By Rick Kaempfer
This is the crazy season in our household. Our youngest son Sean is playing both travel soccer and baseball this spring, our oldest boy Tommy is on the high school math team (preparing to go downstate to compete) and volunteers at a local soup kitchen, and our middle son Johnny is in orchestra. All three of them are also in Scouts...and they have religious education.
In addition to that, my wife Bridget and I crazily volunteered to help out two organizations. She is the committee chairperson of the Cub Scout pack (an incredibly time-consuming position), and I'm on two different board of directors for a soccer team.
Oh, and of course, we both have jobs too. I own a publishing company (which by the way, recently published City Mom Kim Strickland's book "Down at the Golden Coin"), and my wife works very long hours at a private equity firm downtown.
I know we're not alone. Every time I talk to other parents in our neighborhood they are similarly stressed. Once your kids get to a certain age, this sort of scheduling nightmare is almost unavoidable.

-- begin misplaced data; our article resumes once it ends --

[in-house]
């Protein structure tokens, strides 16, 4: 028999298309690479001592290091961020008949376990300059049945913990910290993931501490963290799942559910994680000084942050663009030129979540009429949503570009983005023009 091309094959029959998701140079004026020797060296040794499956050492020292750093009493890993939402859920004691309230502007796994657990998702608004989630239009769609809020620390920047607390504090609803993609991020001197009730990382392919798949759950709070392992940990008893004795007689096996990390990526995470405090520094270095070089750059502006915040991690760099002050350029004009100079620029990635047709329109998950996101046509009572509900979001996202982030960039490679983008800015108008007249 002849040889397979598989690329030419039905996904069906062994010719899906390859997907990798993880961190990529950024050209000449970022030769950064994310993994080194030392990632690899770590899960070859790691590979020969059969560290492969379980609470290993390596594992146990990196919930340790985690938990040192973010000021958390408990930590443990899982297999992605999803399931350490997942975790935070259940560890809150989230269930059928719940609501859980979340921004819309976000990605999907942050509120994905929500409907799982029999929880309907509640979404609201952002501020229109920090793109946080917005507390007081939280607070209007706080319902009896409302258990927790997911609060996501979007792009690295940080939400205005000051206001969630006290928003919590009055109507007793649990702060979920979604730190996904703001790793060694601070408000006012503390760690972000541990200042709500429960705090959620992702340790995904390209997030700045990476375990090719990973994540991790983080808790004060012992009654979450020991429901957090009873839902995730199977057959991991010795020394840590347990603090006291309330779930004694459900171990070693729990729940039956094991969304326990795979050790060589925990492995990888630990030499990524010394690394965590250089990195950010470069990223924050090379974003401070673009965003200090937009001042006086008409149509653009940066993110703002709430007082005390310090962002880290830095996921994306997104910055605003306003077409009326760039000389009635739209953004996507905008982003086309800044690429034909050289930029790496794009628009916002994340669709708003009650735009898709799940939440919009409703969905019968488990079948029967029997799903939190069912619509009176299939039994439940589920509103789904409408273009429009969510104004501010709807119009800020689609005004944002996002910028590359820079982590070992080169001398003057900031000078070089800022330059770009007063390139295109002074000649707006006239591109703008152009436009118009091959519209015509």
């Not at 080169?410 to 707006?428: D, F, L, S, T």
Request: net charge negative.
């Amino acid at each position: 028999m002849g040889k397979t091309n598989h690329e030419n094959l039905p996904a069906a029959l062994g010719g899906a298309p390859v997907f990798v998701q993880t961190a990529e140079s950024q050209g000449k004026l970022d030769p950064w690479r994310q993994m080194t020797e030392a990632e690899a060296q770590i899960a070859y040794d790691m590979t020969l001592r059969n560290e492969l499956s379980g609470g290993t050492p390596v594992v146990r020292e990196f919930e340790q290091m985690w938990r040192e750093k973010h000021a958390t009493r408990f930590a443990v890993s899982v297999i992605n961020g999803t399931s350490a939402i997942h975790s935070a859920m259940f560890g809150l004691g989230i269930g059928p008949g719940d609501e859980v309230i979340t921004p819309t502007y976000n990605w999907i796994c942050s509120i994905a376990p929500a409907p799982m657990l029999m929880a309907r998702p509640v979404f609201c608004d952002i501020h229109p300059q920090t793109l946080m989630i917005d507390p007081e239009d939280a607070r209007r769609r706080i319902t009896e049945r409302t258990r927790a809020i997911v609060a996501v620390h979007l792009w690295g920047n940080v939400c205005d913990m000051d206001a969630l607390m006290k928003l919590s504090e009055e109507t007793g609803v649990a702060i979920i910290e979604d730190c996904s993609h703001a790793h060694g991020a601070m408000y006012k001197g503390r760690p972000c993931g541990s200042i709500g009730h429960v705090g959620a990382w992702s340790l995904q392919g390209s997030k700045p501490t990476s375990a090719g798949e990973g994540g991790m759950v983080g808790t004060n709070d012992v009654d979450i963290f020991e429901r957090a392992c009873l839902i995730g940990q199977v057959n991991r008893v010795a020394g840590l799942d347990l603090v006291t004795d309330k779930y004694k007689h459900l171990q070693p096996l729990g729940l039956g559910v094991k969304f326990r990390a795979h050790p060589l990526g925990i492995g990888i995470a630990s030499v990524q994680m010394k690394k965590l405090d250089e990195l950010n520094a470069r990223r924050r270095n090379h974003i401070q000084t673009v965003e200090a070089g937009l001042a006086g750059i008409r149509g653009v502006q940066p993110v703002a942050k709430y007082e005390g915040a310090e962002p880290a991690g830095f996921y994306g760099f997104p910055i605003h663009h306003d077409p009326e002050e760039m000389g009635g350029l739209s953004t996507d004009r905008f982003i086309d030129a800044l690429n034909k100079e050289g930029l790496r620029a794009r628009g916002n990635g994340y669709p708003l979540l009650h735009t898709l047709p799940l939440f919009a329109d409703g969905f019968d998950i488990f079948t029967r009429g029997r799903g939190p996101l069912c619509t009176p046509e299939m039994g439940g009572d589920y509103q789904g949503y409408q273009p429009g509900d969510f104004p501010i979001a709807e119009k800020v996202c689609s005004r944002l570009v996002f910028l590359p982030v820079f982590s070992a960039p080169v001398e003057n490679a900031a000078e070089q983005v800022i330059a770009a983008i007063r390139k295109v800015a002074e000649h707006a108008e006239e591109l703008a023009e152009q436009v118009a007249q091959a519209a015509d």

I only mention this because I just put all of our commitments for the next three months on the calender, and if my calculations are correct, we will be eating dinner together as a family exactly three times over the next three months: April 27, May 2, and May 18.
Please don't call me those three days.
We'll probably just be sitting around the table in relative silence, but at least we'll all be together.